On Saturday, August 25th, the world celebrated Leonard Bernstein’s 100th birthday.
Every major publication featured Leonard Bernstein last weekend — from The New York Times to The Los Angeles Times to NPR.
Even Google got involved with a Google Doodle celebrating the American maestro, born in Massachusetts to immigrants in 1918.
Bernstein started as a pianist at the age of 10, and made his career as a conductor, a composer, and an educator, becoming a national TV star through his charismatic communication.
He was a father to three children, a husband, a lover, and beloved friend. He was also a humanitarian, who infused his music with a sense of urgency for peace in the world.
So, what makes this many-faceted musician so special?
Leonard Bernstein was THE great communicator: he embodied music, with every wrinkling eye (that was to the violas) and every hand gesture (timpani, now!). He described classical music with stories and rock music — explaining terms like “orchestration” side by side common language and daily experience (if you haven’t seen the videos where he compares composing for 100 instruments with getting dressed in the morning, or composing a fugue to building a ferris wheel, you should).
He was a complete musician, full of magical charisma, who demanded (and craved) attention. He communicated most everything — even mishaps — with grace and joy.
May we all recover from our mishaps with as much grace and sass as Bernstein. pic.twitter.com/vIVjWTlSGi
— BBC Music Magazine (@MusicMagazine) August 28, 2018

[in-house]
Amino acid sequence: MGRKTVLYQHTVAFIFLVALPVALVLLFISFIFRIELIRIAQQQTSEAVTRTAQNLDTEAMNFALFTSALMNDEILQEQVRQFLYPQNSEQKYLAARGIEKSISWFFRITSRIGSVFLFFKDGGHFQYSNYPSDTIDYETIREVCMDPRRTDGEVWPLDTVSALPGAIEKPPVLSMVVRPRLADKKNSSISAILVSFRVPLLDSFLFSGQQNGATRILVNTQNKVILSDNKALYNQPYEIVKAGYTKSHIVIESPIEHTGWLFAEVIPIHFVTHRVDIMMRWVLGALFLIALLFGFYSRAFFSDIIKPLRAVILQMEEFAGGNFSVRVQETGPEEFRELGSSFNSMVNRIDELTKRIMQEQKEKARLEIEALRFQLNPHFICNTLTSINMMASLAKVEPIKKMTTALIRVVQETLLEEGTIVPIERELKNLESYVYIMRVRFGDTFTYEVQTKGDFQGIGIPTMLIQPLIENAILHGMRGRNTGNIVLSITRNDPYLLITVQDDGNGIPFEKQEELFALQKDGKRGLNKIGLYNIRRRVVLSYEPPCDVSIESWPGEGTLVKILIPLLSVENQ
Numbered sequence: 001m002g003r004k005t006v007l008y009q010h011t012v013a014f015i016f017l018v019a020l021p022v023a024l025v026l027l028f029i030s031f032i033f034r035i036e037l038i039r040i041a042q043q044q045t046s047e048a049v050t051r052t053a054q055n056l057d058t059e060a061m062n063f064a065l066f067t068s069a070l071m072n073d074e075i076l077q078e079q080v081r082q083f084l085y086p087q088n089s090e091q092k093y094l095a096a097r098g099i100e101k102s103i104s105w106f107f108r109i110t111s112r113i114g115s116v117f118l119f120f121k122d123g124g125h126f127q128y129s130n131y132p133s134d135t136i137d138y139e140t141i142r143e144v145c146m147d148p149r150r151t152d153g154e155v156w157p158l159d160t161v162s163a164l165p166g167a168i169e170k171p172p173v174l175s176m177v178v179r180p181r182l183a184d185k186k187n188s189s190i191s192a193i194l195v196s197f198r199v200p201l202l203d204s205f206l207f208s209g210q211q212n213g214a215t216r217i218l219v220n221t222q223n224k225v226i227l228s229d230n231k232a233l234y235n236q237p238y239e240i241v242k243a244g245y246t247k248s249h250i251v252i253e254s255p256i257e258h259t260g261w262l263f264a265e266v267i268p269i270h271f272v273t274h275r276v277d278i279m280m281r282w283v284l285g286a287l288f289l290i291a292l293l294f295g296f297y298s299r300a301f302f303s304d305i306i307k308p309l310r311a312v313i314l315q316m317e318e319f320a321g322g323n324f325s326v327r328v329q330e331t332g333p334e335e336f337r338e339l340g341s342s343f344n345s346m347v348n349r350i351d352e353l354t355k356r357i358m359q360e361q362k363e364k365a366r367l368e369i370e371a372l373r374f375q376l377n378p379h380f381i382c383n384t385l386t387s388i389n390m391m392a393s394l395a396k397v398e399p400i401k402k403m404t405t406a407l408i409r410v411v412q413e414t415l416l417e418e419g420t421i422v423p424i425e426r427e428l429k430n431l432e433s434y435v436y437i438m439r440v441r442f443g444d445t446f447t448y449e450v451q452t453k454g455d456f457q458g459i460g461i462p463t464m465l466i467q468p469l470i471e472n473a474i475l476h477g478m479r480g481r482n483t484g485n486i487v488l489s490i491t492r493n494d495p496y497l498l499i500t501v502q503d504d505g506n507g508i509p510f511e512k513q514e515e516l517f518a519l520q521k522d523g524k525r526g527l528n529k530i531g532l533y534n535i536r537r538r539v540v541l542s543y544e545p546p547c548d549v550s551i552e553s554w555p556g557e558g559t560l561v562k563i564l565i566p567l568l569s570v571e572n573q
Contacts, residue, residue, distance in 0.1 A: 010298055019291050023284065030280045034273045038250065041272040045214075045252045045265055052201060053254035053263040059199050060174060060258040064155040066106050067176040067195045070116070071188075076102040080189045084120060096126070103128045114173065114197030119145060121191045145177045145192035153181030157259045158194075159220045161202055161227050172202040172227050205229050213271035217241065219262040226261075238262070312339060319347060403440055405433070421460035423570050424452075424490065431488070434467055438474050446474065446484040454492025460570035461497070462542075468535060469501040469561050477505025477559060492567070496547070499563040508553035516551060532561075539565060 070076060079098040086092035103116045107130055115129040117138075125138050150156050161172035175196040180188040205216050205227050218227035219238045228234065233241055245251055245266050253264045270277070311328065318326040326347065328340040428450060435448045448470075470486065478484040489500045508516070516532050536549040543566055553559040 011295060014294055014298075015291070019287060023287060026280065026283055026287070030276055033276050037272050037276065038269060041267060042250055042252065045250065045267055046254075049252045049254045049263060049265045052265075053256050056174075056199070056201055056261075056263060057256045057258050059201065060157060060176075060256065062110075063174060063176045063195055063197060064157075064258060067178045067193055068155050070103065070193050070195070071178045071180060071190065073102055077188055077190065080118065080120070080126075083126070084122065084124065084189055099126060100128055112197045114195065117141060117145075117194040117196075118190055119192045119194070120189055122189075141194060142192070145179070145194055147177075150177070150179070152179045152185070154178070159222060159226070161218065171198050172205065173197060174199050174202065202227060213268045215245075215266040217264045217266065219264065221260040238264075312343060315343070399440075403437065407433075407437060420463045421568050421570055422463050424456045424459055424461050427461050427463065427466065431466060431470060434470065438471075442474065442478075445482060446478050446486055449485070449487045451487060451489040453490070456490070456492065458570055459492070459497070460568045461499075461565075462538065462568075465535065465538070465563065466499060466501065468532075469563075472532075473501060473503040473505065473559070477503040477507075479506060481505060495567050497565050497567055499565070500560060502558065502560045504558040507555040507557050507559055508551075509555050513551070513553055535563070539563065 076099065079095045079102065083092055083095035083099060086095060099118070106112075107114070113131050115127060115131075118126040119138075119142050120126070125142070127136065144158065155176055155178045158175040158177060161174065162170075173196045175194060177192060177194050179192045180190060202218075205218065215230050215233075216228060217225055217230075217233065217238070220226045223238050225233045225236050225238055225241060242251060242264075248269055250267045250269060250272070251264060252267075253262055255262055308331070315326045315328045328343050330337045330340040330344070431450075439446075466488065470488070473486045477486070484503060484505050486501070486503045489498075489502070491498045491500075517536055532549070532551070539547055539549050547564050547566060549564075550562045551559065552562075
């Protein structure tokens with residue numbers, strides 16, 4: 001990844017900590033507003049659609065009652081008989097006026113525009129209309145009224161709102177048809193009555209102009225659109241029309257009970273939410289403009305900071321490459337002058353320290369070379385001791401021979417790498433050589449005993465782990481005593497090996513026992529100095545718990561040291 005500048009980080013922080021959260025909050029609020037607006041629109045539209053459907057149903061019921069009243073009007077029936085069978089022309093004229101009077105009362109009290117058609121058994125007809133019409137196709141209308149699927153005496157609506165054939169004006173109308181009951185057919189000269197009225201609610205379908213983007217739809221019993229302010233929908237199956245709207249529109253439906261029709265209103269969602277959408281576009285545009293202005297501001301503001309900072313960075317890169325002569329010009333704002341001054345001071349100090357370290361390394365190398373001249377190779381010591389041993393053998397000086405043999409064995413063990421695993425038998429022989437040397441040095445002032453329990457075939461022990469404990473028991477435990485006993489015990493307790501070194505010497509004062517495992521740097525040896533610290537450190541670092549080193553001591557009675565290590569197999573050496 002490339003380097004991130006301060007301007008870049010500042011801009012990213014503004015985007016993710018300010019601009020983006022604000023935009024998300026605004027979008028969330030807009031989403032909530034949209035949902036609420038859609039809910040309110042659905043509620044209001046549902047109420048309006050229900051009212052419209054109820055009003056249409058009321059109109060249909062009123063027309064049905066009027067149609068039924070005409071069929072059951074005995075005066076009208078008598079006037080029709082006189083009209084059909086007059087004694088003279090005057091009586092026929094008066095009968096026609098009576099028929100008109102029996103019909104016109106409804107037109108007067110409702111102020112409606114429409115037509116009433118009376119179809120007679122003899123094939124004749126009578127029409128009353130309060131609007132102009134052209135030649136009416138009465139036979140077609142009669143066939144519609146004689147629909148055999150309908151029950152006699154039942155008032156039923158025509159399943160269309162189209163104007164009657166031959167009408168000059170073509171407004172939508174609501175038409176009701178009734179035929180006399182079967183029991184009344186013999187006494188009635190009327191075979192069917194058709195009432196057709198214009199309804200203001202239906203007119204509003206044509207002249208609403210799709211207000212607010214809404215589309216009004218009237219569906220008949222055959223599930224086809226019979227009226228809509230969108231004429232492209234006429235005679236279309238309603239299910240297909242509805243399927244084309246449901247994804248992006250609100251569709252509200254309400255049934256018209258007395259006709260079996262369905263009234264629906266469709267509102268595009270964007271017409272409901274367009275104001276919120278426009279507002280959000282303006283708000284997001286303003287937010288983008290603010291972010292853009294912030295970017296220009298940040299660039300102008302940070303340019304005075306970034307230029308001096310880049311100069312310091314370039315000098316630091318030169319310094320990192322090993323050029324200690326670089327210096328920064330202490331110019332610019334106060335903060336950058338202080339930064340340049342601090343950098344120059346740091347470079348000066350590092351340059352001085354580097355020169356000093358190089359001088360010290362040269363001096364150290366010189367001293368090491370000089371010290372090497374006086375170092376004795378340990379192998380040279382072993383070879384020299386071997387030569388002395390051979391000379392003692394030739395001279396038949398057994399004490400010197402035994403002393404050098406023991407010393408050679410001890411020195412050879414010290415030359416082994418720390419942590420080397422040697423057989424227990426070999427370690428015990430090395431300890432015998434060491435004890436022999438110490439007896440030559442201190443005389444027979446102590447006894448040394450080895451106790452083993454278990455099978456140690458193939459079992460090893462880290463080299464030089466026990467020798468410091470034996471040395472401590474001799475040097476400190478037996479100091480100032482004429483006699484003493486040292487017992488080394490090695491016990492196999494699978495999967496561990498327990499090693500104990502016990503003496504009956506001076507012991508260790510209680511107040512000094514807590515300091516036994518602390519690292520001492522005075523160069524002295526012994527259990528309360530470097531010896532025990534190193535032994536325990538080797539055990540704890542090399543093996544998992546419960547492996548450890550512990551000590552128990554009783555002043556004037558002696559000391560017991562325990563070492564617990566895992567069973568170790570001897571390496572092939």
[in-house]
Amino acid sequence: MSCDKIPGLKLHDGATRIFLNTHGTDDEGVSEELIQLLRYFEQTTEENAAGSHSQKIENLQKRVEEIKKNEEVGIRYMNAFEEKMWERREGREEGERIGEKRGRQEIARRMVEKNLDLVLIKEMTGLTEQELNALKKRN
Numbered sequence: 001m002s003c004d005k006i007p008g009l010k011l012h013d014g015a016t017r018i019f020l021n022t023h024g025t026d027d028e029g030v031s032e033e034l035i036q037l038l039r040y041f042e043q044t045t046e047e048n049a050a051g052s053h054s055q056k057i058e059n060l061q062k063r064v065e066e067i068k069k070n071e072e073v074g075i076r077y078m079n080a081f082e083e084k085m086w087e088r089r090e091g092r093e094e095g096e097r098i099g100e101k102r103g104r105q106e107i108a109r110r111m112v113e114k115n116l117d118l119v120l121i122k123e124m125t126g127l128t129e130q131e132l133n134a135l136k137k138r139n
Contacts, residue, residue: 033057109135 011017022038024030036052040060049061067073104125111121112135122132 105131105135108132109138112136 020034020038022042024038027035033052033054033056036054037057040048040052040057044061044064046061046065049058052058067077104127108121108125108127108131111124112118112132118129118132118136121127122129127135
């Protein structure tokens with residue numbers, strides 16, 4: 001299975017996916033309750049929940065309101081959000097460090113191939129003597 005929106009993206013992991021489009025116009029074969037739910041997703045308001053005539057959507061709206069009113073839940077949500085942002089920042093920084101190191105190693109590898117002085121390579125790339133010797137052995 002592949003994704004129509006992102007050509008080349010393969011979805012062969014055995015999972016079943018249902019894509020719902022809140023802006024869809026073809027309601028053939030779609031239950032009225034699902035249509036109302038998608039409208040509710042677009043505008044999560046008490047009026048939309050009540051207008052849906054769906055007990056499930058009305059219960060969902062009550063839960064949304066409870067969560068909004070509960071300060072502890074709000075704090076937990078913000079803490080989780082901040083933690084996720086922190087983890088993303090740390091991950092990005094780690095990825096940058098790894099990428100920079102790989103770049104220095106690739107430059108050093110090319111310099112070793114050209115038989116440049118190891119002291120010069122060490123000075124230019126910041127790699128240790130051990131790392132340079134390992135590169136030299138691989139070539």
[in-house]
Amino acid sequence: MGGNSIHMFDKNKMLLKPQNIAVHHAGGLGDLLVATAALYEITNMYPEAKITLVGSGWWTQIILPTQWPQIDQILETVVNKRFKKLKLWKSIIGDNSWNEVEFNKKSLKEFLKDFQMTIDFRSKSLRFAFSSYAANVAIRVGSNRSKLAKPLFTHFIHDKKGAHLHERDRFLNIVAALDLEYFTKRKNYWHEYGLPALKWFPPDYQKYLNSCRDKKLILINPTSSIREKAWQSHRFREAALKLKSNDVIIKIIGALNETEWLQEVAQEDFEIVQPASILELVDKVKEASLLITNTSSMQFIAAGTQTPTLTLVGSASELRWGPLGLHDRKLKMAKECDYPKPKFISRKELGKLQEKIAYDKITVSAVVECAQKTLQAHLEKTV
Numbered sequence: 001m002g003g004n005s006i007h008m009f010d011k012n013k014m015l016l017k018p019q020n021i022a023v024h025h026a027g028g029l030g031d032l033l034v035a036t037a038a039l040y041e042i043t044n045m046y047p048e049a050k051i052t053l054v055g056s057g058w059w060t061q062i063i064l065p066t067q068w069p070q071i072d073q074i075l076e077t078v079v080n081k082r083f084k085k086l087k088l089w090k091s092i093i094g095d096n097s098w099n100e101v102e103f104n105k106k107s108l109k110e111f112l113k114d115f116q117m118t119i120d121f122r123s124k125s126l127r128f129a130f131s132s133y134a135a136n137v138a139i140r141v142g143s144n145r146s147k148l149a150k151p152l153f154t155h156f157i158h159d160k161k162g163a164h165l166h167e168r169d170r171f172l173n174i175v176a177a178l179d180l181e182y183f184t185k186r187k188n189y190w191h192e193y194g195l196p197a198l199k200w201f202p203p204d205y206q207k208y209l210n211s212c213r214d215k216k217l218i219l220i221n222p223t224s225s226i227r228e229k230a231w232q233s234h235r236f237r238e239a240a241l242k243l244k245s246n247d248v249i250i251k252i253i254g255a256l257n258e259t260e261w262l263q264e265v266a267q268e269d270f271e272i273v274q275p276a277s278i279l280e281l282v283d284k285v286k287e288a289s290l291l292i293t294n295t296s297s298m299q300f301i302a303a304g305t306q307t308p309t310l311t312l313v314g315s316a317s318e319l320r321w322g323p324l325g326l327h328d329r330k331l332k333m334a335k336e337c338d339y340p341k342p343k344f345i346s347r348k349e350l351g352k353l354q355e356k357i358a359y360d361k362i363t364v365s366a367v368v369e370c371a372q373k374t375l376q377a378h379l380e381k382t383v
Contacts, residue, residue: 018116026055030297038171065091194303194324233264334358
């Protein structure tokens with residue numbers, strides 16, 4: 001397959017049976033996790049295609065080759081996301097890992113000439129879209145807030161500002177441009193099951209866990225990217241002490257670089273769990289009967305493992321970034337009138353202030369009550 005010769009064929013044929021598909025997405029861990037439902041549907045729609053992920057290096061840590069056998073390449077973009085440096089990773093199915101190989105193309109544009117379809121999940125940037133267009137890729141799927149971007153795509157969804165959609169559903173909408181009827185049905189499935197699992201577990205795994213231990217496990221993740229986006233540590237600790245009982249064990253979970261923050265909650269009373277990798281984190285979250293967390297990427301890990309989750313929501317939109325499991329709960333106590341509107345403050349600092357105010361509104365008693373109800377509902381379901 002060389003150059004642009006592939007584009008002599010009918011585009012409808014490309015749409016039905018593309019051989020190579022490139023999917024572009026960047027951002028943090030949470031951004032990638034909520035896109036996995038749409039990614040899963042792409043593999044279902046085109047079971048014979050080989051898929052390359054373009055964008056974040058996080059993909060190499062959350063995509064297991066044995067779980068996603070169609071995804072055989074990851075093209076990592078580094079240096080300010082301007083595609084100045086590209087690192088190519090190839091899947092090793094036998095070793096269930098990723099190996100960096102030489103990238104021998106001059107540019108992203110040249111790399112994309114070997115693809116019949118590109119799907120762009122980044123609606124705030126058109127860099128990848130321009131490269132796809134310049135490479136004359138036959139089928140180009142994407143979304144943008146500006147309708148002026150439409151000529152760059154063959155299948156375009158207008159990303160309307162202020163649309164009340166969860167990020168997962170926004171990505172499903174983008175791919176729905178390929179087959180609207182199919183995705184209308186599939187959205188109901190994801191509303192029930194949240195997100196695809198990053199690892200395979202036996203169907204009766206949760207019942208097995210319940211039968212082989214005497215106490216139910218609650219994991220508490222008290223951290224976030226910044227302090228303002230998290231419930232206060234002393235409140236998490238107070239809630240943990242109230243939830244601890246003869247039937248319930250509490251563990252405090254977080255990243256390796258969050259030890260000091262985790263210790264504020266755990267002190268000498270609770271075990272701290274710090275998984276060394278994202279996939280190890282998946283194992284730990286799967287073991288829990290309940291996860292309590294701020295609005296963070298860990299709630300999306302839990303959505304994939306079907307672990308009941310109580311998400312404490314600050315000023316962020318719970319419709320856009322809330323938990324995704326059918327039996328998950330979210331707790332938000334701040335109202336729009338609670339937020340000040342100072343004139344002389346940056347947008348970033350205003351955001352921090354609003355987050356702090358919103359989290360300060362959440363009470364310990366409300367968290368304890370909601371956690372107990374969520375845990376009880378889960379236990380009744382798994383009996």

Since the Bernstein Centennial launch last Fall, every major orchestra, opera house, and performing arts group has or will be performing his works — more than 3,000 from August 2017 through August 2019. Hundreds of people have talked about the impact of his music on their lives.
No one has ever excited audiences from the podium (perhaps, for some, exasperated?) like Bernstein.
"As for my unrestrained podium comportment…the one and only purpose my gestures serve is a musical one…I approach what I play not from a conductor’s point of view, but from a composer’s point of view." -LB#Bernsteinat100 #ClassicalMusic 📸@NYPhilArchive pic.twitter.com/vfAYUnHR2e
— Leonard Bernstein (@LennyBernstein) August 30, 2018
Lenny’s Virtual Birthday Card
The Lenny love is bubbling onto social media as well. Fans across the globe took to Facebook, Instagram, and other platforms to wish the maestro a happy birthday in droves; “Leonard Bernstein” was even a trending topic on Twitter in the United States that day.
(Can you imagine if Lenny were alive to tweet? Emojis, anyone?)
The Bernstein Experience on Classical.org will continue to curate key moments and memories, complete with our 24/7 stream of his best compositions and performances and exclusive content only available here. (Look for examples of Lenny’s writings, including selected poems and letters, every Thursday this Fall!)
And, if you haven’t yet subscribed to our newsletter, be sure to sign up here.
Happy Birthday, Lenny. Thank you for communicating incessentantly, and brilliantly, and for believing in the power of music to change our world.
Thank you for everything.
*It is unclear who coined “the great communicator” to describe Bernstein. Notable references include: Rebecca Paller (Paley Center for the Media), Mena Mark Hanna (Huffington Post), and Michael de Sapio (ArtsEditor).
Why do YOU love Lenny?
(Post updated, August 31, 2018)